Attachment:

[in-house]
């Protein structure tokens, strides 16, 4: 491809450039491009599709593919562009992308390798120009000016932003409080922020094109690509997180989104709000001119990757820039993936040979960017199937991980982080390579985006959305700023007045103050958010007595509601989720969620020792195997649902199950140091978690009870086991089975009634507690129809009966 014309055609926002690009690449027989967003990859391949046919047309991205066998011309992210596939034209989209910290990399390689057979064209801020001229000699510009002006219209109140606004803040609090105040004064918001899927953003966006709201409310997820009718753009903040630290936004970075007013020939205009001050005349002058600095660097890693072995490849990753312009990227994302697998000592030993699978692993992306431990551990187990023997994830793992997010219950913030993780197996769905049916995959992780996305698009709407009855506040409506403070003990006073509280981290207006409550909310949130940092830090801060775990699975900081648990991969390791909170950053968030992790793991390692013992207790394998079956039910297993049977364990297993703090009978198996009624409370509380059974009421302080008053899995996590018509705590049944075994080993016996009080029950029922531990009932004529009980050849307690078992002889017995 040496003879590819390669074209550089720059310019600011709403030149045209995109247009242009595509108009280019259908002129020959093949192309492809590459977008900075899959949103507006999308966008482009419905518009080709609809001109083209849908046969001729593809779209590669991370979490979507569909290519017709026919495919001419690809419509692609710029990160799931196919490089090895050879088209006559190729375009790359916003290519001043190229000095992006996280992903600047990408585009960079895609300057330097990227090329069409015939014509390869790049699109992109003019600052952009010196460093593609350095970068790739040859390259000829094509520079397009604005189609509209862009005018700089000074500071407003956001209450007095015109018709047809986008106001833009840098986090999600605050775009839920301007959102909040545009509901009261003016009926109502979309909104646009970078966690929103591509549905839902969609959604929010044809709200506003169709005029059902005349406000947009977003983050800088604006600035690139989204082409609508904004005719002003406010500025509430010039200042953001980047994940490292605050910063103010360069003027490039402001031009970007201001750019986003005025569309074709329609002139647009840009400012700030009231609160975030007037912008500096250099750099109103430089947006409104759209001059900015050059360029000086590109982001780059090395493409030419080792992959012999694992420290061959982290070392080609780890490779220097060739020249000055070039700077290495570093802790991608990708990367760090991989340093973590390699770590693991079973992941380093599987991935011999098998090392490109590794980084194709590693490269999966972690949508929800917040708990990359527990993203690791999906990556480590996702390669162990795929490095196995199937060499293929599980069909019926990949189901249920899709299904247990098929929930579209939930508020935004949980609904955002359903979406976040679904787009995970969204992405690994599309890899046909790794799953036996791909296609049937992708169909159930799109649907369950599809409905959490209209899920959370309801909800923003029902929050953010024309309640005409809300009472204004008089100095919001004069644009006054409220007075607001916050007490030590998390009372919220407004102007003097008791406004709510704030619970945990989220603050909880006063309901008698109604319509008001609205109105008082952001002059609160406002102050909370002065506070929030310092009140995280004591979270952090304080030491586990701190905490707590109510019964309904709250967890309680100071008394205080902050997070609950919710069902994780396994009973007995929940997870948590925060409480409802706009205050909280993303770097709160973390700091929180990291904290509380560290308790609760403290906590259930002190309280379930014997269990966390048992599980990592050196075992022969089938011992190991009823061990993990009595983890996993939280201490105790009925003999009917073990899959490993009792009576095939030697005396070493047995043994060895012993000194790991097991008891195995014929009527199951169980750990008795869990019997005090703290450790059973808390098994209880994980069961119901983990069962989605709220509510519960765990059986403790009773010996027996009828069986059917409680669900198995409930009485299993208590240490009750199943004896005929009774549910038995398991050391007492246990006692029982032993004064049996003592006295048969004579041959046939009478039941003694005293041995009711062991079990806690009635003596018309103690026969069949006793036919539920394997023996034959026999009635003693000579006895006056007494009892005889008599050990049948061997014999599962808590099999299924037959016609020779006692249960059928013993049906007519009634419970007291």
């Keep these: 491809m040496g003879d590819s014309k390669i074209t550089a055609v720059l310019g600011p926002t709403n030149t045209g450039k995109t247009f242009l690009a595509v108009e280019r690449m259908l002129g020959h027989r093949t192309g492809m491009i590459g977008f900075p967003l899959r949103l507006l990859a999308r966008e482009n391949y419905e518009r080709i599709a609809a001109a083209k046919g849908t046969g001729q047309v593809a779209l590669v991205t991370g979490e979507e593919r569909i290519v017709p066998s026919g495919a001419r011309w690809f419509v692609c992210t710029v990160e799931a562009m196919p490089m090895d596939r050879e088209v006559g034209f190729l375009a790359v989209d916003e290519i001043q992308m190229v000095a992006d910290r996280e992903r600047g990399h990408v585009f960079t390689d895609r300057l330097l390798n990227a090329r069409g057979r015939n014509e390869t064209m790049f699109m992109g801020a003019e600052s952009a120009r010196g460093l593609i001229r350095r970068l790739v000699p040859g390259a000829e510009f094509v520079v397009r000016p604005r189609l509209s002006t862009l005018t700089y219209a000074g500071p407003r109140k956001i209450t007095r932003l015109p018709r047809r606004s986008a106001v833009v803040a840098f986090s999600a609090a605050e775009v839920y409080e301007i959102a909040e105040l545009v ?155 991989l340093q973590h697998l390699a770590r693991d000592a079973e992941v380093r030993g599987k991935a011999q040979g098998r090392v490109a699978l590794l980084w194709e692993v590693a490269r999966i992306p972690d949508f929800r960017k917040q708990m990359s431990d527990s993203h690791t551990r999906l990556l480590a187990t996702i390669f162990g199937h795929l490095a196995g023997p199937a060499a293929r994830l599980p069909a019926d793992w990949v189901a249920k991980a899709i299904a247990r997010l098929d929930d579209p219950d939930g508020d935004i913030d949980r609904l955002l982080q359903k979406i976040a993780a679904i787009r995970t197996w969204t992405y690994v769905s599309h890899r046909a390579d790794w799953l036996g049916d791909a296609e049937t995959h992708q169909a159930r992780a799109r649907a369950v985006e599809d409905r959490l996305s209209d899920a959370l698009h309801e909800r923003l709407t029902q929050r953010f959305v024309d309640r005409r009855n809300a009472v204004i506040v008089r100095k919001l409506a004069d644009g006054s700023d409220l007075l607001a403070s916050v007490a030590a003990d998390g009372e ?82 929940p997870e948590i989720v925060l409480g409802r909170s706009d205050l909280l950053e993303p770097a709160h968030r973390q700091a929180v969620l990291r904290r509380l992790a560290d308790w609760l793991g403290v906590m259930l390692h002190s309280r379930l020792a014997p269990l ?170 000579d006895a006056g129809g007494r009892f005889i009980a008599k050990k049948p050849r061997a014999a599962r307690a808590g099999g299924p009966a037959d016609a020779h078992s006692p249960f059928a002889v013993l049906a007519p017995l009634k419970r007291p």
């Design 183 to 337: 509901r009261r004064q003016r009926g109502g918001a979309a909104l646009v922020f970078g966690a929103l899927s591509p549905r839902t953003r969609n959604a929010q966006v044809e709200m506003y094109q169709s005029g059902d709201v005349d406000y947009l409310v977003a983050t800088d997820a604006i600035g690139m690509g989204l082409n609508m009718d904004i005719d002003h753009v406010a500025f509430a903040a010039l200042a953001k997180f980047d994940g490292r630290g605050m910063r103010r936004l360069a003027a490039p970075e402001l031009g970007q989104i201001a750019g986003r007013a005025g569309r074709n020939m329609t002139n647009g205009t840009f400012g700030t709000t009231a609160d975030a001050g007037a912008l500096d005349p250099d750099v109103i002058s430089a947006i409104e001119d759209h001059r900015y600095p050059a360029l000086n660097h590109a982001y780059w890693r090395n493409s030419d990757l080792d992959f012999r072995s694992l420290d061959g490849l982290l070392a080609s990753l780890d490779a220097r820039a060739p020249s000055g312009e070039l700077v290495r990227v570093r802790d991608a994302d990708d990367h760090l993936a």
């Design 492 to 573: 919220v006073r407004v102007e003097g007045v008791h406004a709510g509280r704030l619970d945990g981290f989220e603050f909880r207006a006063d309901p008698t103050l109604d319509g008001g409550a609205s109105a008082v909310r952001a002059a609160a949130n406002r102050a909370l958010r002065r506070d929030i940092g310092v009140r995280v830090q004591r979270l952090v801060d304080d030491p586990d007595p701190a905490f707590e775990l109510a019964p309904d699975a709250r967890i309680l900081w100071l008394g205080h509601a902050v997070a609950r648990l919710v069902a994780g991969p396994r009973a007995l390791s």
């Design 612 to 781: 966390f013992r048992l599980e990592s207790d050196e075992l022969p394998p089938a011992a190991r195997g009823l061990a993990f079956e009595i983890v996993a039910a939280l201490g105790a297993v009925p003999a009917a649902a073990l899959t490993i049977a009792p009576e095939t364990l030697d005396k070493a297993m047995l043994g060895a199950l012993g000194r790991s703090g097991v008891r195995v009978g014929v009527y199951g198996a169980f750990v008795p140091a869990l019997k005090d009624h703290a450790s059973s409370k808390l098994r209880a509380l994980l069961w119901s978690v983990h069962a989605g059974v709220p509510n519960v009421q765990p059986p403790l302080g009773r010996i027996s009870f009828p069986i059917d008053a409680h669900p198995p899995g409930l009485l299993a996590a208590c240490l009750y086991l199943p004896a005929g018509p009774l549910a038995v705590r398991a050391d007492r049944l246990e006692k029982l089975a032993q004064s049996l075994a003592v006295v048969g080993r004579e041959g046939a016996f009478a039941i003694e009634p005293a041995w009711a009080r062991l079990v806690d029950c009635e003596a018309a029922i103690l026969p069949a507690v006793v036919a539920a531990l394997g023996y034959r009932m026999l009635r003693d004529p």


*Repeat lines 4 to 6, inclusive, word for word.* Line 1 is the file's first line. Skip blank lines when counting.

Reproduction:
């Design 183 to 337: 509901r009261r004064q003016r009926g109502g918001a979309a909104l646009v922020f970078g966690a929103l899927s591509p549905r839902t953003r969609n959604a929010q966006v044809e709200m506003y094109q169709s005029g059902d709201v005349d406000y947009l409310v977003a983050t800088d997820a604006i600035g690139m690509g989204l082409n609508m009718d904004i005719d002003h753009v406010a500025f509430a903040a010039l200042a953001k997180f980047d994940g490292r630290g605050m910063r103010r936004l360069a003027a490039p970075e402001l031009g970007q989104i201001a750019g986003r007013a005025g569309r074709n020939m329609t002139n647009g205009t840009f400012g700030t709000t009231a609160d975030a001050g007037a912008l500096d005349p250099d750099v109103i002058s430089a947006i409104e001119d759209h001059r900015y600095p050059a360029l000086n660097h590109a982001y780059w890693r090395n493409s030419d990757l080792d992959f012999r072995s694992l420290d061959g490849l982290l070392a080609s990753l780890d490779a220097r820039a060739p020249s000055g312009e070039l700077v290495r990227v570093r802790d991608a994302d990708d990367h760090l993936a």
């Design 492 to 573: 919220v006073r407004v102007e003097g007045v008791h406004a709510g509280r704030l619970d945990g981290f989220e603050f909880r207006a006063d309901p008698t103050l109604d319509g008001g409550a609205s109105a008082v909310r952001a002059a609160a949130n406002r102050a909370l958010r002065r506070d929030i940092g310092v009140r995280v830090q004591r979270l952090v801060d304080d030491p586990d007595p701190a905490f707590e775990l109510a019964p309904d699975a709250r967890i309680l900081w100071l008394g205080h509601a902050v997070a609950r648990l919710v069902a994780g991969p396994r009973a007995l390791s």
């Design 612 to 781: 966390f013992r048992l599980e990592s207790d050196e075992l022969p394998p089938a011992a190991r195997g009823l061990a993990f079956e009595i983890v996993a039910a939280l201490g105790a297993v009925p003999a009917a649902a073990l899959t490993i049977a009792p009576e095939t364990l030697d005396k070493a297993m047995l043994g060895a199950l012993g000194r790991s703090g097991v008891r195995v009978g014929v009527y199951g198996a169980f750990v008795p140091a869990l019997k005090d009624h703290a450790s059973s409370k808390l098994r209880a509380l994980l069961w119901s978690v983990h069962a989605g059974v709220p509510n519960v009421q765990p059986p403790l302080g009773r010996i027996s009870f009828p069986i059917d008053a409680h669900p198995p899995g409930l009485l299993a996590a208590c240490l009750y086991l199943p004896a005929g018509p009774l549910a038995v705590r398991a050391d007492r049944l246990e006692k029982l089975a032993q004064s049996l075994a003592v006295v048969g080993r004579e041959g046939a016996f009478a039941i003694e009634p005293a041995w009711a009080r062991l079990v806690d029950c009635e003596a018309a029922i103690l026969p069949a507690v006793v036919a539920a531990l394997g023996y034959r009932m026999l009635r003693d004529p």